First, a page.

If we could replicate this in America, it would change secondary education forever. No longer would middle schools be faced with the impossible task of catching up kids who are desperately behind while at the same time accelerating the progress of their grade-level peers. There would be no more excuses for assigning work to students far below their grade level, as TNTP just found to be a widespread practice. And if most students were on track academically, or close to it, high schools could offer real college-prep and career-readiness pathways that lead to success in postsecondary education, good jobs, and far more.

But could such a track record be replicated here? There’s no one way to go about that, no silver bullet, but several key pieces would help: high-quality preschool to help kids get closer to readiness for Kindergarten; effective, evidence-based reading instruction, including phonics and phonemic...


School districts all across America have long suffered from “excellence gaps” in which advantaged students reach high levels of achievement at significantly greater rates than their less affluent peers. But some school systems are working to combat it.

One such place is Montgomery County, Maryland, a large district in the Washington, D.C., area that’s made strides in diversifying the students served by its gifted education programs. By expanding the number of seats, universally screening every third grader, using more holistic identification criteria, and selecting students based on how they perform compared to kids at their school instead of the entire district (using “local norms”), administrators increased the proportion of black and Hispanic elementary-school participants from 23 percent in 2016 to 31 percent today.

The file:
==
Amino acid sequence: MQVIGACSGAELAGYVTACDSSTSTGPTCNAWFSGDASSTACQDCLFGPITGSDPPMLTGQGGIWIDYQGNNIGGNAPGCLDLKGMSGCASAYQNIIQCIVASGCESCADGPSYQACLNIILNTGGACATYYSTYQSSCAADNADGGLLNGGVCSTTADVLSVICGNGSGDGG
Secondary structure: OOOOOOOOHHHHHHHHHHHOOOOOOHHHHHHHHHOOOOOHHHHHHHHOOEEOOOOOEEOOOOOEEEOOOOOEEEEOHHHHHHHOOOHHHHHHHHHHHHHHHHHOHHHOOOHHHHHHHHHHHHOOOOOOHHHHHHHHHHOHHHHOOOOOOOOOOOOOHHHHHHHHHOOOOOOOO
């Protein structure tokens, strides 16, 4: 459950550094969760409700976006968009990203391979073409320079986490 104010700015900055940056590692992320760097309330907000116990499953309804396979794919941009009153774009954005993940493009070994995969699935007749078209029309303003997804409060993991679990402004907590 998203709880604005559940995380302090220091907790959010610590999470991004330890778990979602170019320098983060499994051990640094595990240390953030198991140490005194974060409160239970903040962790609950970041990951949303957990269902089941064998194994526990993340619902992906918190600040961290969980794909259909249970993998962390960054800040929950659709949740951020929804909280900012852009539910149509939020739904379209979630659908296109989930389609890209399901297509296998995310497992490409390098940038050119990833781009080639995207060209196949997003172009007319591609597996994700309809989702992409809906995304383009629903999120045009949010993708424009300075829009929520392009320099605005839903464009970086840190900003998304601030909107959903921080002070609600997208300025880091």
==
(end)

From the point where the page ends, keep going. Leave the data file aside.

What school leaders, policymakers, educators, and advocates need to recognize, however, is that these very important, short-term changes are only part of the solution. It’s not enough to diversify gifted education offerings. The programs must also continue to challenge all of their students and maximize their potential. They must remain, in other words, excellent.

Yet one of the problems with achieving both of these aims is that various forms of inequality cause disadvantaged students, through no...

Mike McShane

In the beloved 1990s British television series Father Ted, Ted ruins a Rover 213 that was supposed to be an auction prize to raise money to fix the Craggy Island parochial house roof. After spotting a dent, Ted tries to hammer it out. Hammering out the small dent creates another dent, which he then tries to hammer out, and by the time he’s done, he’s destroyed the entire car.

It is a great visualization of the bad consequences of good intentions.

Reading recent stories about the trials and tribulations of unified enrollment systems reminds me of Ted’s misadventure. Central planners tinker and tinker, causing new problems for each one they solve. Perhaps they should stop before they’ve wrecked the whole thing.

For those who may be unfamiliar, unified enrollment systems were created for cities that have a lot of potential school choices for families. Rather than admit students on a first come first served basis or have each and every school manage its own enrollment and hold its own lottery, a central system is created that allows families to rank their preferences. These preferences are fed into a computer algorithm that, in theory, should maximize the number of children getting...


Interesting factoid: 54 percent of students who take the SAT retake it at least once. I was one of them back in the day, hoping that I could muster a high enough score to see my way into my number-one college pick. It didn’t happen. Mind you, I did score higher the second time, just not high enough.

Turns out, I’m not alone. Many young people see higher scores on college entrance exams the second time around, as evidenced by a new National Bureau of Economic Research study conducted by Joshua Goodman, Oded Gurantz, and Jonathan Smith.